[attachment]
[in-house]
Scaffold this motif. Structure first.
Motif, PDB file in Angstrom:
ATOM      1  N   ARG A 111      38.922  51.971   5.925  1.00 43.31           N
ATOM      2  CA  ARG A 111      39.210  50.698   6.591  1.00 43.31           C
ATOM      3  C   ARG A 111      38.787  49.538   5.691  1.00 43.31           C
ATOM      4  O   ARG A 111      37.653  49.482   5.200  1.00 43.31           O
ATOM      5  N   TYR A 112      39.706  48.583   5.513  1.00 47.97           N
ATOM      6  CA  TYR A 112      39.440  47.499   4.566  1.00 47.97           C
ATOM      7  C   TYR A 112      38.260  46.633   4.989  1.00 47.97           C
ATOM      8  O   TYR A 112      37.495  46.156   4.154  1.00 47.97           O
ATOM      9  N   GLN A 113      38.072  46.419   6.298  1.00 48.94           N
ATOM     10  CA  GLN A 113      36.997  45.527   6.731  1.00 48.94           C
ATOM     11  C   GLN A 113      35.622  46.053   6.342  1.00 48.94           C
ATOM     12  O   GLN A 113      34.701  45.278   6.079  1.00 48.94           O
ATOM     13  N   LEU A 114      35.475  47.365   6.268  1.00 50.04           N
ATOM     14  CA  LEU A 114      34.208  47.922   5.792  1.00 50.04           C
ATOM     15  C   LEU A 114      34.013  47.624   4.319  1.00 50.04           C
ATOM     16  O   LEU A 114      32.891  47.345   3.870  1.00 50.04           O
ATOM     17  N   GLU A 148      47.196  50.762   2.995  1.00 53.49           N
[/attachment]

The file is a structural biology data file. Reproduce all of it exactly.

[in-house]
Scaffold this motif. Structure first.
Motif, PDB file in Angstrom:
ATOM      1  N   ARG A 111      38.922  51.971   5.925  1.00 43.31           N
ATOM      2  CA  ARG A 111      39.210  50.698   6.591  1.00 43.31           C
ATOM      3  C   ARG A 111      38.787  49.538   5.691  1.00 43.31           C
ATOM      4  O   ARG A 111      37.653  49.482   5.200  1.00 43.31           O
ATOM      5  N   TYR A 112      39.706  48.583   5.513  1.00 47.97           N
ATOM      6  CA  TYR A 112      39.440  47.499   4.566  1.00 47.97           C
ATOM      7  C   TYR A 112      38.260  46.633   4.989  1.00 47.97           C
ATOM      8  O   TYR A 112      37.495  46.156   4.154  1.00 47.97           O
ATOM      9  N   GLN A 113      38.072  46.419   6.298  1.00 48.94           N
ATOM     10  CA  GLN A 113      36.997  45.527   6.731  1.00 48.94           C
ATOM     11  C   GLN A 113      35.622  46.053   6.342  1.00 48.94           C
ATOM     12  O   GLN A 113      34.701  45.278   6.079  1.00 48.94           O
ATOM     13  N   LEU A 114      35.475  47.365   6.268  1.00 50.04           N
ATOM     14  CA  LEU A 114      34.208  47.922   5.792  1.00 50.04           C
ATOM     15  C   LEU A 114      34.013  47.624   4.319  1.00 50.04           C
ATOM     16  O   LEU A 114      32.891  47.345   3.870  1.00 50.04           O
ATOM     17  N   GLU A 148      47.196  50.762   2.995  1.00 53.49           N